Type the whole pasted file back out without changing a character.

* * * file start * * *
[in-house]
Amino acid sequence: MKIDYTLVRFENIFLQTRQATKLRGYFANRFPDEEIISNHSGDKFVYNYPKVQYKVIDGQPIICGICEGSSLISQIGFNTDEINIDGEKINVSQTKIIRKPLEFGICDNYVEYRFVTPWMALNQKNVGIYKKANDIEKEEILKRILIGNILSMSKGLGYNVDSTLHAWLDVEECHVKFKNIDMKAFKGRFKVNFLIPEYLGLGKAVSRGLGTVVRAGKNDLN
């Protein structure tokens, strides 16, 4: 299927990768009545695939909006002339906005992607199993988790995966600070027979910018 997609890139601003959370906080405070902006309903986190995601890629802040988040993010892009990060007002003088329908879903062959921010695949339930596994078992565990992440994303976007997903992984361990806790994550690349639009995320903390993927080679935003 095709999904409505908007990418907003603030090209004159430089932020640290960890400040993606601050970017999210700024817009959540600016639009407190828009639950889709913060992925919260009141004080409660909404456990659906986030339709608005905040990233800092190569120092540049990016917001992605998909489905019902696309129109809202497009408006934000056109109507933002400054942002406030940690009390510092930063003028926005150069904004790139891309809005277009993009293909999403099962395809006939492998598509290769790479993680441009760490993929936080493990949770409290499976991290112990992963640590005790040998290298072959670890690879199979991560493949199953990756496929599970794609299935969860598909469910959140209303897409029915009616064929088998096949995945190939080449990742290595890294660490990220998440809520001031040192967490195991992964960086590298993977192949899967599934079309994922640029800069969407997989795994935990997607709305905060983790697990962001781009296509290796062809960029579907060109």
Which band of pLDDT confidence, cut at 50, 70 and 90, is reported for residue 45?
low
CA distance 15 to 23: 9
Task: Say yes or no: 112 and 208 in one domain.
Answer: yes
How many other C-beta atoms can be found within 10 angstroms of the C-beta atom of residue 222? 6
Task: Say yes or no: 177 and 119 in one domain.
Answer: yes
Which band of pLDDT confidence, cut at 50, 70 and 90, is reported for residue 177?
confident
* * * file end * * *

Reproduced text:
[in-house]
Amino acid sequence: MKIDYTLVRFENIFLQTRQATKLRGYFANRFPDEEIISNHSGDKFVYNYPKVQYKVIDGQPIICGICEGSSLISQIGFNTDEINIDGEKINVSQTKIIRKPLEFGICDNYVEYRFVTPWMALNQKNVGIYKKANDIEKEEILKRILIGNILSMSKGLGYNVDSTLHAWLDVEECHVKFKNIDMKAFKGRFKVNFLIPEYLGLGKAVSRGLGTVVRAGKNDLN
């Protein structure tokens, strides 16, 4: 299927990768009545695939909006002339906005992607199993988790995966600070027979910018 997609890139601003959370906080405070902006309903986190995601890629802040988040993010892009990060007002003088329908879903062959921010695949339930596994078992565990992440994303976007997903992984361990806790994550690349639009995320903390993927080679935003 095709999904409505908007990418907003603030090209004159430089932020640290960890400040993606601050970017999210700024817009959540600016639009407190828009639950889709913060992925919260009141004080409660909404456990659906986030339709608005905040990233800092190569120092540049990016917001992605998909489905019902696309129109809202497009408006934000056109109507933002400054942002406030940690009390510092930063003028926005150069904004790139891309809005277009993009293909999403099962395809006939492998598509290769790479993680441009760490993929936080493990949770409290499976991290112990992963640590005790040998290298072959670890690879199979991560493949199953990756496929599970794609299935969860598909469910959140209303897409029915009616064929088998096949995945190939080449990742290595890294660490990220998440809520001031040192967490195991992964960086590298993977192949899967599934079309994922640029800069969407997989795994935990997607709305905060983790697990962001781009296509290796062809960029579907060109």
Which band of pLDDT confidence, cut at 50, 70 and 90, is reported for residue 45?
low
CA distance 15 to 23: 9
Task: Say yes or no: 112 and 208 in one domain.
Answer: yes
How many other C-beta atoms can be found within 10 angstroms of the C-beta atom of residue 222? 6
Task: Say yes or no: 177 and 119 in one domain.
Answer: yes
Which band of pLDDT confidence, cut at 50, 70 and 90, is reported for residue 177?
confident